Stop the Bleed training includes hemorrhage-control techniques
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Stop the Bleed: When It Comes to Blood Loss, Every Second Counts


With blood loss, time is of the essence. If we train people to administer CPR and the Heimlich maneuver, it stands to reason that we’d also prepare people to respond to blood loss in emergency situations. That’s the goal of Stop the Bleed, an initiative launched by the U.S. Department of Homeland Security in 2015 in the wake of increased gun violence and mass casualties across the country.

“We want to make bleed-control training as common as CPR training,” says David Bertoty, clinical director of Emergency and Trauma Services at UPMC Presbyterian and coordinator for UPMC’s Stop the Bleed efforts. “Massive blood loss is the leading cause of preventable deaths in trauma situations.”

UPMC Leading the Charge to Stop the Bleed

UPMC has been leading regional Stop the Bleed efforts through the Copeland Regional Trauma Council (CRTC), a consortium of trauma centers in Pennsylvania, Ohio, and West Virginia. When Stop the Bleed was launched locally in mid-2016, UPMC committed $1.3 million over three years with the goal of reaching 72 counties in four states, an area encompassing 30,000 square miles.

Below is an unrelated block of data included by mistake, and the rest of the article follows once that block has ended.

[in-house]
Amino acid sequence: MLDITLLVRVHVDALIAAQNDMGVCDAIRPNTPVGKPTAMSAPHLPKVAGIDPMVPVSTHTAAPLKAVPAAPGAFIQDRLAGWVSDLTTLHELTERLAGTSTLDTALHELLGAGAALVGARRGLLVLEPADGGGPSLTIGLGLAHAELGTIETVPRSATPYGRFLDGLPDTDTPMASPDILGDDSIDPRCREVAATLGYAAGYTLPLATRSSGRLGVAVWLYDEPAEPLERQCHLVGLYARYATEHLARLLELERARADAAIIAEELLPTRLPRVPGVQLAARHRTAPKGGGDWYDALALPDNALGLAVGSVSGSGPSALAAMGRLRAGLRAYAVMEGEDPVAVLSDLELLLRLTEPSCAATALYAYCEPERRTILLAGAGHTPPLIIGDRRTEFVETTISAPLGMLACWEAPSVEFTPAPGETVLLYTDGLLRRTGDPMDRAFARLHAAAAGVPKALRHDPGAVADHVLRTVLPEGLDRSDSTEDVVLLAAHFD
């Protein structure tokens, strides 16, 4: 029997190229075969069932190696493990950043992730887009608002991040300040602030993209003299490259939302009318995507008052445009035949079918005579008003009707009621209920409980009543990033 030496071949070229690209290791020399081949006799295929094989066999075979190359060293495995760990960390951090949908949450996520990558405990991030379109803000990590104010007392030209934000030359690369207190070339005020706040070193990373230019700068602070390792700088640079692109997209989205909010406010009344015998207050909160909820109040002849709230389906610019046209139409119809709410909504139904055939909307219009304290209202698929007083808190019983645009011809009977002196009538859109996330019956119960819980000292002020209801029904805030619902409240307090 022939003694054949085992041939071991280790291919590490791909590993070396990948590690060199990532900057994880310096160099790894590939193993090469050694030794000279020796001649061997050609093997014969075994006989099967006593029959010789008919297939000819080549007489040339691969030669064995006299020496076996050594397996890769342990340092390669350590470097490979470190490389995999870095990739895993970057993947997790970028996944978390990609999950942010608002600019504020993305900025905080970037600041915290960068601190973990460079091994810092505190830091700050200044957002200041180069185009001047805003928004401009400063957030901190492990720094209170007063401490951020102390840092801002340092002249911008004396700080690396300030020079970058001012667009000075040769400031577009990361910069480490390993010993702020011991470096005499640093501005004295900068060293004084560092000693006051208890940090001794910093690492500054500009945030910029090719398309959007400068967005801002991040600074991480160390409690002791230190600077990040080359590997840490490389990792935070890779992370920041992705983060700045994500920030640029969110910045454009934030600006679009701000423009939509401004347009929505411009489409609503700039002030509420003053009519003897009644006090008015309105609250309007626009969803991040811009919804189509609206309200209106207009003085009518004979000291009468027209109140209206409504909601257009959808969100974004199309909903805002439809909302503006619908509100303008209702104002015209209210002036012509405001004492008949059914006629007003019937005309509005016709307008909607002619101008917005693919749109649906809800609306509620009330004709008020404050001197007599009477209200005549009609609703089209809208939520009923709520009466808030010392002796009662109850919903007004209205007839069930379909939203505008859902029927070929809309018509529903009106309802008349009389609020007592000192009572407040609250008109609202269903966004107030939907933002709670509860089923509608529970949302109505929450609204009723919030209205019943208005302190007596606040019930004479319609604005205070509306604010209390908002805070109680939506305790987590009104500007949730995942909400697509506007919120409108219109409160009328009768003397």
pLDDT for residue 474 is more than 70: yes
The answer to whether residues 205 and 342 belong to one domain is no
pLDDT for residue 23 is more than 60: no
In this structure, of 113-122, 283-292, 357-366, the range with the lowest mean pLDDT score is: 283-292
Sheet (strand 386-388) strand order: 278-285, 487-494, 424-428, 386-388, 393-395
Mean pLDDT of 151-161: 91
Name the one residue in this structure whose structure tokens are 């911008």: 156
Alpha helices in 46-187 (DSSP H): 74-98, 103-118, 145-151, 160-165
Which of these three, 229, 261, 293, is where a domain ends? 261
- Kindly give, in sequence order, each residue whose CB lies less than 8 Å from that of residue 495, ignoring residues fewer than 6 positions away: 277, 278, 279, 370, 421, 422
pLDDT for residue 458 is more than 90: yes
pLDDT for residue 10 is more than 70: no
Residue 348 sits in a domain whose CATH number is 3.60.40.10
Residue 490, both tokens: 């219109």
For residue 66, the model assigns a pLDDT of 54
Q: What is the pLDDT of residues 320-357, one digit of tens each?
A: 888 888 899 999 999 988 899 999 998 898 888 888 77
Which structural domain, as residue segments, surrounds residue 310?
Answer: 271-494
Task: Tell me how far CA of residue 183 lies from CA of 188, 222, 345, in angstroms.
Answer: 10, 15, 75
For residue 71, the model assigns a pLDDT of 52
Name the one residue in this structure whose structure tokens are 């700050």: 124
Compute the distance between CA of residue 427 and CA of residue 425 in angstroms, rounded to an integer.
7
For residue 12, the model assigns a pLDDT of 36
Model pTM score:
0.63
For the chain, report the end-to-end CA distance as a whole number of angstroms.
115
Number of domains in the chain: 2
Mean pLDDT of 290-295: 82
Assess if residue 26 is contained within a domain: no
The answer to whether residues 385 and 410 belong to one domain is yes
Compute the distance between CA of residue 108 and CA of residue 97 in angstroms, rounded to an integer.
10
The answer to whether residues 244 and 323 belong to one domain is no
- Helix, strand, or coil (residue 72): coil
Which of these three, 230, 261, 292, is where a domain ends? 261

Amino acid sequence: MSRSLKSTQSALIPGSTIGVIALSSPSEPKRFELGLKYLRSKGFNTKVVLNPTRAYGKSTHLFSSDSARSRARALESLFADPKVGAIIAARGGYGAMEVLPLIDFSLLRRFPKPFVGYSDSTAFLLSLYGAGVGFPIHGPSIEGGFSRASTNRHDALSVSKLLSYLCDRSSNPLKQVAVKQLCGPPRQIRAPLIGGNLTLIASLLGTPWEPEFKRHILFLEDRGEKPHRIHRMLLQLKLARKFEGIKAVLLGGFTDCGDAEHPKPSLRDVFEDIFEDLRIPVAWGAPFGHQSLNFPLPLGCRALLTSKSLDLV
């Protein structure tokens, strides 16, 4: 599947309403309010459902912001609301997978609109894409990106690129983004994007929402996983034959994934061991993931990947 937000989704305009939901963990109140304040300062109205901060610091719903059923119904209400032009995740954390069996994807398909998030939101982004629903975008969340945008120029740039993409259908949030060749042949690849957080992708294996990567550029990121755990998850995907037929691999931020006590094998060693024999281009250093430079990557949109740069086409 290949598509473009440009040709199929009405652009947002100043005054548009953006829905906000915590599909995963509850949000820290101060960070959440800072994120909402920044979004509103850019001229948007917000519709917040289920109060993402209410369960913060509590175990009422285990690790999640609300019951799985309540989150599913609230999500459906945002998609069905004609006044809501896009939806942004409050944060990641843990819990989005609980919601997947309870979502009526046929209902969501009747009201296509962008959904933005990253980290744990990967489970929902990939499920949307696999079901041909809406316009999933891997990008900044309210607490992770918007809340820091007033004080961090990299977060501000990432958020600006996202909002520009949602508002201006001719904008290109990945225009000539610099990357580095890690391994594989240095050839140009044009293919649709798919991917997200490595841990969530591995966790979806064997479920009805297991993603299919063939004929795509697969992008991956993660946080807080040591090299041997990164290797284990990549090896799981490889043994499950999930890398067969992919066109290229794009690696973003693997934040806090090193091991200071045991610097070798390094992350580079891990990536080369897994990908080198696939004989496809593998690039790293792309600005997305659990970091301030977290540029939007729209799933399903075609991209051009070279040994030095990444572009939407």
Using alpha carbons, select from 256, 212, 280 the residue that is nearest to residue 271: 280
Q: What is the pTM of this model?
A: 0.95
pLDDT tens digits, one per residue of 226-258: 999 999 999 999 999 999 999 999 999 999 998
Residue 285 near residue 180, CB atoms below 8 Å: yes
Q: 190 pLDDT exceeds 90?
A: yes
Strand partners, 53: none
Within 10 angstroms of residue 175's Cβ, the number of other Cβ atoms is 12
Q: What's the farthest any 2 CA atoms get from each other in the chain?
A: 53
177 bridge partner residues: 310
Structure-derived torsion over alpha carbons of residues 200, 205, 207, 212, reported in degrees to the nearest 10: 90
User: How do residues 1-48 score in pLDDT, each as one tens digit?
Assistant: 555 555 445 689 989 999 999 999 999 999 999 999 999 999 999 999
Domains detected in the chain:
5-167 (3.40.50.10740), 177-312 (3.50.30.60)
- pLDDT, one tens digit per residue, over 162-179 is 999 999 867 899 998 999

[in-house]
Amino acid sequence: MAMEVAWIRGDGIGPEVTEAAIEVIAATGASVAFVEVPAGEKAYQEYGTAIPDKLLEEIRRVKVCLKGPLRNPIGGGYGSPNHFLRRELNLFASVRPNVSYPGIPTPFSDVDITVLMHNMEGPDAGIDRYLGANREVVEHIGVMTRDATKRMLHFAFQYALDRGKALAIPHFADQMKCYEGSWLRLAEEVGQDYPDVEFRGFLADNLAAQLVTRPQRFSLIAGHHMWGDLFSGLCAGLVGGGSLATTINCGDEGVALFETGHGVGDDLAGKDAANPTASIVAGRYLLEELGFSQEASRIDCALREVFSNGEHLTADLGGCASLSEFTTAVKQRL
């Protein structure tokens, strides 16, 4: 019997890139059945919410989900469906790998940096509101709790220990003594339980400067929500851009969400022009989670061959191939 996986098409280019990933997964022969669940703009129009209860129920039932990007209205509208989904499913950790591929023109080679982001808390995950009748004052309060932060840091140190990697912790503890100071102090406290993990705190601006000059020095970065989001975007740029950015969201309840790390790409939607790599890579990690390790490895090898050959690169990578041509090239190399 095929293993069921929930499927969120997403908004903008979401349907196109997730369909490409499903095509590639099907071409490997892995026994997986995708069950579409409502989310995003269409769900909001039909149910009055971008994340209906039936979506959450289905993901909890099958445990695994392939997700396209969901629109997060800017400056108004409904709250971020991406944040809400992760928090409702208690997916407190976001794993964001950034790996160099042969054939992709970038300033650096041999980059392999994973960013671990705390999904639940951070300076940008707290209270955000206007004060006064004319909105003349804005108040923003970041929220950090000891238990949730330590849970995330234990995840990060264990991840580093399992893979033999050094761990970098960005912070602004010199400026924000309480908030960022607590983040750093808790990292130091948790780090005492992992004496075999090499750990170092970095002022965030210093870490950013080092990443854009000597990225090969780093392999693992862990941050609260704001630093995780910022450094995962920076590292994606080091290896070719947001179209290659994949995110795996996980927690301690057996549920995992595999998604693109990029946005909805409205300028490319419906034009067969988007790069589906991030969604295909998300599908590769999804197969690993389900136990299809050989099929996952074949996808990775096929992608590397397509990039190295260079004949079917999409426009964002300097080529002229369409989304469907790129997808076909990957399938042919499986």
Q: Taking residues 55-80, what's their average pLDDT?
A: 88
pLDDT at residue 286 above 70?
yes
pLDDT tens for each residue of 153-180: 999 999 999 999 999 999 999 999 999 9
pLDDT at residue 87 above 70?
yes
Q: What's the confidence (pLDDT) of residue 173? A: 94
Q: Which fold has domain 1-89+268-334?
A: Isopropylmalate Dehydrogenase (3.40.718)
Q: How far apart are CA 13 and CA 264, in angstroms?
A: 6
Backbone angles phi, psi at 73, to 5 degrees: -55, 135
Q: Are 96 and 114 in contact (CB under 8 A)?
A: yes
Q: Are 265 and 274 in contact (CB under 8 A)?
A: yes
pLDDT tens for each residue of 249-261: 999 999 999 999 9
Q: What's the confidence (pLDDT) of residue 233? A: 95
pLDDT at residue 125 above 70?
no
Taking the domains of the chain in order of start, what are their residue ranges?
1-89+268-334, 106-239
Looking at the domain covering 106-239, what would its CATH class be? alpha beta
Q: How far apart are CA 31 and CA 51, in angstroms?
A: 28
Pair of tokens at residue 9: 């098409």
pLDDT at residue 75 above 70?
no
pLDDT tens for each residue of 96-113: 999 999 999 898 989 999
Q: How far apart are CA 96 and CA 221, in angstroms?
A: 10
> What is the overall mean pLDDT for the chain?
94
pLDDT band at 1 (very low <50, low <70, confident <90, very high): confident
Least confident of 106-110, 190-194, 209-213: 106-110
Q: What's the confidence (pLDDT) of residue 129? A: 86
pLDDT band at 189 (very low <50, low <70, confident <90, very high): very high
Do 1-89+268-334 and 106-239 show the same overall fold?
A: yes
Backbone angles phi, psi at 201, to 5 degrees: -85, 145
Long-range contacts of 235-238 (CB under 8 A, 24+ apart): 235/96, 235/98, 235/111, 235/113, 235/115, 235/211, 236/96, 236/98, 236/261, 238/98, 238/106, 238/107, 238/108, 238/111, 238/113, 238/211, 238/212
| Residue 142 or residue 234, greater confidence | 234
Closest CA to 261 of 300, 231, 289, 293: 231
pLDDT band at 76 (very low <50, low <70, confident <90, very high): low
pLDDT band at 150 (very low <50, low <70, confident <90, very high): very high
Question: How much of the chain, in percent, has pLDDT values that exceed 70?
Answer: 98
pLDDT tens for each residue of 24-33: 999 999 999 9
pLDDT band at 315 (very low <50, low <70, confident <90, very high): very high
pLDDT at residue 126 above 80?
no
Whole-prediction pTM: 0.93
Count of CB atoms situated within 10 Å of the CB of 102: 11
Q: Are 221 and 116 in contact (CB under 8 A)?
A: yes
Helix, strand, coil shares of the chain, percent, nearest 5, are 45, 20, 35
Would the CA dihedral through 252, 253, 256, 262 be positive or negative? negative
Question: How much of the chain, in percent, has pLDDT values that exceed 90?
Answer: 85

UPMC and CRTC trauma physicians, nurses, and emergency medical services (EMS) personnel train Stop the Bleed participants in three important hemorrhage-control techniques: applying pressure, applying a dressing, and applying a tourniquet.

Learning how to Stop the Bleed

Stop the bleed, save a life.

Training Can Save Lives  

With the right training and education, anyone can react quickly during a traumatic situation to help save a life. Free training is provided to school districts, churches, scout troops, gun clubs, and the general public – any group or individual that wants to be empowered to respond to blood loss.

“You are much more likely to encounter the need to control bleeding than to assist someone who has cardiac arrest and needs CPR,” says Bertoty. “There are countless accidents that can cause uncontrolled bleeding. Unfortunately, mass shootings are on the top of everyone’s minds these days. We do have to be prepared for the realities of 21st century America.”

Kits to Stop the Bleed

In addition to providing first aid training to help victims of severe blood loss, the regional Stop the Bleed initiative is focused on placing bleeding control kits in every public school building in western Pennsylvania, and a tourniquet on the belt of every state trooper and law enforcement officer in the region.

UPMC also is providing kits to make them readily available in public spaces, similar to the effort that was made for automatic external defibrillators (AEDs), which are used during cardiac events. The bleeding control kits contain special blood clotting gel, gauze, and tourniquets. They can be used to slow bleeding in the extremities, groin, neck, or armpit until paramedics arrive on the scene.

“We’ve had an overwhelmingly positive response to the kits and the training,” says Bertoty. “These supplies and techniques are essentially basic first aid that would be applicable for accidents that might occur working in a home shop, in the backyard, or in your own kitchen. They can be lifesaving under any number of circumstances.”


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